Reacting to the bored-tunnel plan, ex-Washington State Transportation Secretary Doug MacDonald wrote an excellent column in Crosscut today. He is asking the right questions:
Are we wisely capturing new technology and innovation to build a
transportation system that conserves energy and serves tomorrow’s job
economy? Or are we still trapped in yesterday’s thinking — building
roads for cars of obsolete design to neighborhoods with unsustainable
energy footprints and connecting transit systems into job centers that
are miles away from job growth? And are we improving our vast paid-up
asset of existing transportation corridors and right-of-way to achieve
new gains in capacity and efficiency from what we already own?
Thomas Key, who works on the renewable-energy program of the Electric Power Research Institute, believes that micro wind-power generation is infeasible, and he cites city zoning restrictions as one obstacle. But the City of Seattle's proposed revisions to the multifamily housing zoning code would allow personal windmills to be built.
The Legislature will also consider a proposed bill providing for the development of infrastructure that would support electric vehicle infrastructure, which the bill defines as "structures, labor, machinery, equipment, circuitry, and electrical appliances necessary to support an electric vehicle, including battery recharging stations and outlets and battery exchange stations." Sen. Fred Jarrett (D-Mercer Island) introduced the Senate version (SB 5418 (pdf)), and Rep. Deborah Eddy (D-Kirkland) introduced the House version (HR 1481(pdf)). Hearings are already scheduled:
1/29: Scheduled for public hearing in the House Committee on Technology and Energy & Communications at 10:00 AM. (Subject to change)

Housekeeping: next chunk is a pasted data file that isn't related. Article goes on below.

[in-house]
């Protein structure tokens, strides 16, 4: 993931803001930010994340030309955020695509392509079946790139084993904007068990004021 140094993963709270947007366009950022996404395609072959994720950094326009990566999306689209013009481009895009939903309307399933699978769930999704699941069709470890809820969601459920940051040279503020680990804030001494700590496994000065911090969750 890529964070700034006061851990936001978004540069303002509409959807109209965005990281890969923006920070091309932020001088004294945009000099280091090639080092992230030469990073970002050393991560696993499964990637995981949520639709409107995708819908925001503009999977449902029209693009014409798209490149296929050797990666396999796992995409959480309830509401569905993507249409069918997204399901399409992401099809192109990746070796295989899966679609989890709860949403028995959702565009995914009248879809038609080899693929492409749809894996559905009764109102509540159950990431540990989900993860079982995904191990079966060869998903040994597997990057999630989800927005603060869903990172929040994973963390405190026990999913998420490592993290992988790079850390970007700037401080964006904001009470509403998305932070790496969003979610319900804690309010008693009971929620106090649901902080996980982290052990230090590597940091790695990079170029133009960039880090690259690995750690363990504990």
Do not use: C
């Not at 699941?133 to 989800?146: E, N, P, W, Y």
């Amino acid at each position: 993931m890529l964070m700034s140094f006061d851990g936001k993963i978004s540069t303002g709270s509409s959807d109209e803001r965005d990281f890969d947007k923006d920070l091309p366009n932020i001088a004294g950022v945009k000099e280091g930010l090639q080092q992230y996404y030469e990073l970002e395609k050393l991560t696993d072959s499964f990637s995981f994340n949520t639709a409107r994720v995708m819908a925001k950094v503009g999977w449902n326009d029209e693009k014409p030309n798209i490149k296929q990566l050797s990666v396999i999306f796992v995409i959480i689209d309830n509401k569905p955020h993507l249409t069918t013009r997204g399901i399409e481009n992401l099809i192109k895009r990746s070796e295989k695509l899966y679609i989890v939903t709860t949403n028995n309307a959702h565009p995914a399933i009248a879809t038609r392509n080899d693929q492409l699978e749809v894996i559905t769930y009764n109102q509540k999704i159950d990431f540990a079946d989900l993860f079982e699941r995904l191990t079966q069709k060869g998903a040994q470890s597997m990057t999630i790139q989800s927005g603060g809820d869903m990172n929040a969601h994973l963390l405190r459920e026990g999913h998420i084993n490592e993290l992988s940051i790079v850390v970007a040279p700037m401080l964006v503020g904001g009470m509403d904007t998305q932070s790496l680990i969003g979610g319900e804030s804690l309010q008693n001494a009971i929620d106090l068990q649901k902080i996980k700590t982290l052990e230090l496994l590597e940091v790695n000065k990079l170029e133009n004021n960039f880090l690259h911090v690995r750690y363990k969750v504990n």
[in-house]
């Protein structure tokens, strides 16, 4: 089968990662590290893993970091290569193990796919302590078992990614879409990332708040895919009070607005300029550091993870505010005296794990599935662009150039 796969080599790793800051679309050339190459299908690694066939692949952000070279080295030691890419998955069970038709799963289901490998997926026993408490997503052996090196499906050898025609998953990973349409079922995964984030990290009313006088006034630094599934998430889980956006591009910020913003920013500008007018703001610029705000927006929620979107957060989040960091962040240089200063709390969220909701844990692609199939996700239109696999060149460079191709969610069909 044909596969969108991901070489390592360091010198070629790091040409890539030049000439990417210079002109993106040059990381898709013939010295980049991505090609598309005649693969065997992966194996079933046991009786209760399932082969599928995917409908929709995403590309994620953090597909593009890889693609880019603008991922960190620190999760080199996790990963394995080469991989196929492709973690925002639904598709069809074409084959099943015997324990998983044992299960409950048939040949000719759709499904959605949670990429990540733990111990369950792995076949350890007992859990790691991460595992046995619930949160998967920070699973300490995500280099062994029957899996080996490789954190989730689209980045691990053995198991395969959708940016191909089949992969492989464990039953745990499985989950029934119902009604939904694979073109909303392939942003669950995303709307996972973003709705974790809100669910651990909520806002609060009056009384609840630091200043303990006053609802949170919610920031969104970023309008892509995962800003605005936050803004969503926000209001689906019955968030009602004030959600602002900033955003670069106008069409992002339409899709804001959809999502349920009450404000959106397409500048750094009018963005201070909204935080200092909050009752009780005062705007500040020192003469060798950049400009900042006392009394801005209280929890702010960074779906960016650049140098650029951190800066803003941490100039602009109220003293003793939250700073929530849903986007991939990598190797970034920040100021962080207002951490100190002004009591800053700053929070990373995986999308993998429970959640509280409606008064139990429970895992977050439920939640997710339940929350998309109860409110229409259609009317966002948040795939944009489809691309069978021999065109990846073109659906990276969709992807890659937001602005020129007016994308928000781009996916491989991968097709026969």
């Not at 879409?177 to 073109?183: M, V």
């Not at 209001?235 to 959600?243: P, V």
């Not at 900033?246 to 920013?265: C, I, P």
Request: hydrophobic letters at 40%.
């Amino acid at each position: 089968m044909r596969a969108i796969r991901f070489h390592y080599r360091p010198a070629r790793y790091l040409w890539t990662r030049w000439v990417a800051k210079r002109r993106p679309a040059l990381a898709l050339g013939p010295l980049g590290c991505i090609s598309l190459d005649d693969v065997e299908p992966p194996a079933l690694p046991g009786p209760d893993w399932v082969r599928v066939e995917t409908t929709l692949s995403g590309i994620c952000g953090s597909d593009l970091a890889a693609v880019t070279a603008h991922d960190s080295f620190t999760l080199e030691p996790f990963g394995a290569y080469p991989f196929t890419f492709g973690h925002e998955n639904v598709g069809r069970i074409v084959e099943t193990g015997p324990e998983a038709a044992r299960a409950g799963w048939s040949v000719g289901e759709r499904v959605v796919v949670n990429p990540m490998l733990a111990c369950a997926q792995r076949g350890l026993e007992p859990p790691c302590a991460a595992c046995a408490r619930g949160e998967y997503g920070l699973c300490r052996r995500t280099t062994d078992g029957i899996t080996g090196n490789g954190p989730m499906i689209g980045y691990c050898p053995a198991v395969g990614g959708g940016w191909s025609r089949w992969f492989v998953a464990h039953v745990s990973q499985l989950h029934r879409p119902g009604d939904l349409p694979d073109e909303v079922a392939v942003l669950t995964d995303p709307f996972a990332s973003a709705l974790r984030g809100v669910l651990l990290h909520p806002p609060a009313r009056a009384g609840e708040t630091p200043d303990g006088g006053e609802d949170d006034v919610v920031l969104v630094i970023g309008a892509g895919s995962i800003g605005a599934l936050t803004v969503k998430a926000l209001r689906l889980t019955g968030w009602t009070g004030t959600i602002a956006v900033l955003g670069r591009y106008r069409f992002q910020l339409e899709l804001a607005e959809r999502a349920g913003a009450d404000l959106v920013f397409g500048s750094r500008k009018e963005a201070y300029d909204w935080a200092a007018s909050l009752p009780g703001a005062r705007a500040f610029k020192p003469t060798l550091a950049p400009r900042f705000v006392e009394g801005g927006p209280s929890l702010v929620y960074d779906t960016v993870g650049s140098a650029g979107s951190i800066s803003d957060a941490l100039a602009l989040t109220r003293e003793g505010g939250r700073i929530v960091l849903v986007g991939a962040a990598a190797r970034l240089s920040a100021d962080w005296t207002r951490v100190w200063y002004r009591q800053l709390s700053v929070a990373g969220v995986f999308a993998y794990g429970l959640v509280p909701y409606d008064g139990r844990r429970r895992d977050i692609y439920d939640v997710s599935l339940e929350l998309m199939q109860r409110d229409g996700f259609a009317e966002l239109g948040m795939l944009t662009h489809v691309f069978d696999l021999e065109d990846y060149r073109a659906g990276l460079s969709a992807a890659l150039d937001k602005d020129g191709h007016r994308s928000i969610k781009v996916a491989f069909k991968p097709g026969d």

1/30: Scheduled for public hearing in the Senate Committee on Environment and Water & Energy at 8:00 AM. (Subject to change)
Also, Rep. Sharon Nelson, (D-West Seattle) introduced a bill, HR 1490, that would add several measures to the Growth Management Act with the hope of reducing greenhouse-gas emissions. This one is also schedule for a hearing:
Jan 28 Scheduled for public hearing in the House Committee on Local Government & Housing at 8:00 AM. (Subject to change)
SB 5335 (pdf), a bill introduced by State Sen. Ken Jacobsen, would recommend---but not require---that motorists provide a three-foot buffer between their vehicles and any bicyclists or pedestrians whom they pass. Do you think it should be a legal requirement rather than a mere recommendation? Email Sen. Jacobsen.
Fuse Washington and a host of other progressive groups have endorsed Sherril Huff for King County Elections Director. Although Friends of Seattle will not be endorsing anyone in this race, many of Huff's endorsers are reliable progressives whom we can trust---Fuse, Washington Conservation Voters, Sierra Club, and more. For this special election, your ballots must be postmarked by February 3.
Using words such as "visionary," "complicated," and "serious" to describe the bored-tunnel proposal for replacing the Alaskan Way Viaduct, the Seattle Times editorial board appears to have suddenly developed a taste for tunnels and a tolerance for taxes. We can't figure out why, though. The ed. board obviously loves that the plan might result in less disruption than would the alternatives: